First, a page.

Traditionally, the Japanese wine industry has relied heavily on imported grapes or wine concentrate to fuel its wine production. Only around 20% of the grapes used by the wine industry in Japan are grown on the home islands.
However, there is a growing movement in Japan to focus more on Japan-grown grapes. Over the past decade, more than 100 new wineries have sprung up in Japan, mostly in Nagano and Hokkaido.
These new wineries have concentrated on producing wine from Japanese grapes, using Chardonnay and Merlot, although some are now experimenting with other varieties, such as Trousseau.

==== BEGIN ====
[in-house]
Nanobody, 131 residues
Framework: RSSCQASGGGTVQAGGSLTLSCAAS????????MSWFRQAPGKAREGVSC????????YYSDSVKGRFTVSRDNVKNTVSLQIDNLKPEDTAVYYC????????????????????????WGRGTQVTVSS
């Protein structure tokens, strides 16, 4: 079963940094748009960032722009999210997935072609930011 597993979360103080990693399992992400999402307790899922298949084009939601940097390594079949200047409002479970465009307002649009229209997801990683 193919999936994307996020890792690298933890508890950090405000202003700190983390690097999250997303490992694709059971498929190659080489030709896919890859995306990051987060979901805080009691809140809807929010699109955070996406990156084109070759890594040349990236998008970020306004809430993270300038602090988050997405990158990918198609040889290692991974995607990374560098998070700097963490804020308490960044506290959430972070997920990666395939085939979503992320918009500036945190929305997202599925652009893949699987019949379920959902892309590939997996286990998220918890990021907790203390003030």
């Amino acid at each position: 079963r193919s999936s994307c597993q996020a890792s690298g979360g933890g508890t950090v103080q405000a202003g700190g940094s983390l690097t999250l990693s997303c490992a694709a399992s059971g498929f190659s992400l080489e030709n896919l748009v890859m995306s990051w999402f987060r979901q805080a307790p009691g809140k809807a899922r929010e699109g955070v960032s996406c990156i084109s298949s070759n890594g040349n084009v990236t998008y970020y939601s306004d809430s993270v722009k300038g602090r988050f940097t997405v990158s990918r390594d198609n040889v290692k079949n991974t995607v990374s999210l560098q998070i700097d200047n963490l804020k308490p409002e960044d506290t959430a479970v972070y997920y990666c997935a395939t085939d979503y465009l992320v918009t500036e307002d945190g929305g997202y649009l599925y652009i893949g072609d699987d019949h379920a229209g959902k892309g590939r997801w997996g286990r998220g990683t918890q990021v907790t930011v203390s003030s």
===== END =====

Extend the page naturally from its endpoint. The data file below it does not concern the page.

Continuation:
The homegrown wine industry, however, is still very much in its infancy in Japan, with the largest Japanese-grape-only winery in the country, Hokkaido Wine only producing around 2.6 million bottles per year.
Japanese Wine Growing Regions
There are four principal wine-growing regions in Japan, including:
The highest wine production region in Japan, Nagano, situated in the centre of Honshu, is known as the roof of Japan because of the presence of the Japanese Alps.
Despite its elevation, Nagano has a relatively mild climate and an ideal combination of low rainfall and free-draining soil.
The slightly cooler climate also contributes to significant day/night temperature variances, which is ideal for retaining natural acidity during ripening.
Nagano is split into four primary wine-producing valleys, Chikumagawa, Kikyogahara, Tenryugawa, and the Nihon Alps.
Spread across these four valleys are around 35 wineries in total, mostly growing hybrid varieties of grape such as Niagara, Ryugan, and Concord.